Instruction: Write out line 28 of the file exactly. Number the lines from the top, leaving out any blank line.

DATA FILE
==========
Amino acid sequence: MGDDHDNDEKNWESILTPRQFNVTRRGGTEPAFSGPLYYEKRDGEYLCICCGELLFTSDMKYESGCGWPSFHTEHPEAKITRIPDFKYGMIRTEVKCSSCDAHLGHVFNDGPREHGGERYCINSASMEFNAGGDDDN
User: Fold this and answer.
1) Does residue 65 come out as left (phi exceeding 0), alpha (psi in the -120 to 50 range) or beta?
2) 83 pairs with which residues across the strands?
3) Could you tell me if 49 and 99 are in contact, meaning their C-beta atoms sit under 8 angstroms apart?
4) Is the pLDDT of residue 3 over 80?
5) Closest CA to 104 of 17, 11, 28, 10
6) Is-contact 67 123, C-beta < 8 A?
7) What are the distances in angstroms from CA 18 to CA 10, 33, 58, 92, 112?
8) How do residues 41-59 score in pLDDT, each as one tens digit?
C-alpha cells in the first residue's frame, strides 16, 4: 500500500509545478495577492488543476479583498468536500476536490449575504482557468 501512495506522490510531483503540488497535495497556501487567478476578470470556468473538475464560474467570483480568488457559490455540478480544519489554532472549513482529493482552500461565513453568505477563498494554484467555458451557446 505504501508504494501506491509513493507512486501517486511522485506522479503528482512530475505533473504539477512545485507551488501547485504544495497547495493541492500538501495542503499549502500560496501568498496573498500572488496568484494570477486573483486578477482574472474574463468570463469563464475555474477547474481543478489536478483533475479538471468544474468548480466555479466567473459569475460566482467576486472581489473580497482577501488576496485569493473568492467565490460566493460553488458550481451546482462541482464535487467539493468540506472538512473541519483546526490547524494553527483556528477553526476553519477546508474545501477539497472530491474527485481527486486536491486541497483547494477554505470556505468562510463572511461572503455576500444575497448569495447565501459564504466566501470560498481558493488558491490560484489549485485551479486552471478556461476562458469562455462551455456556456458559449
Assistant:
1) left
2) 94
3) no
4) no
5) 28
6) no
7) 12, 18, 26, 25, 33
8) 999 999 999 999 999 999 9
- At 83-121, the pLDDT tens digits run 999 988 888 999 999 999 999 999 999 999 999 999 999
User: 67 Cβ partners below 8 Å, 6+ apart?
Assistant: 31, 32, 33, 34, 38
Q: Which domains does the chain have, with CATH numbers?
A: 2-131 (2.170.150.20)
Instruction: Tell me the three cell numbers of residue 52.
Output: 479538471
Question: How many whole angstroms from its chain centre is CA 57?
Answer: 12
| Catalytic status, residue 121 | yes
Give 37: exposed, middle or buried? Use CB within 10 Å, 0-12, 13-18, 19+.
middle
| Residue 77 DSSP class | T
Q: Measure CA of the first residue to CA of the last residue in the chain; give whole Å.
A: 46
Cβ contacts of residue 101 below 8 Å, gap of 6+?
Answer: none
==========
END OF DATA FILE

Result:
Question: How many whole angstroms from its chain centre is CA 57?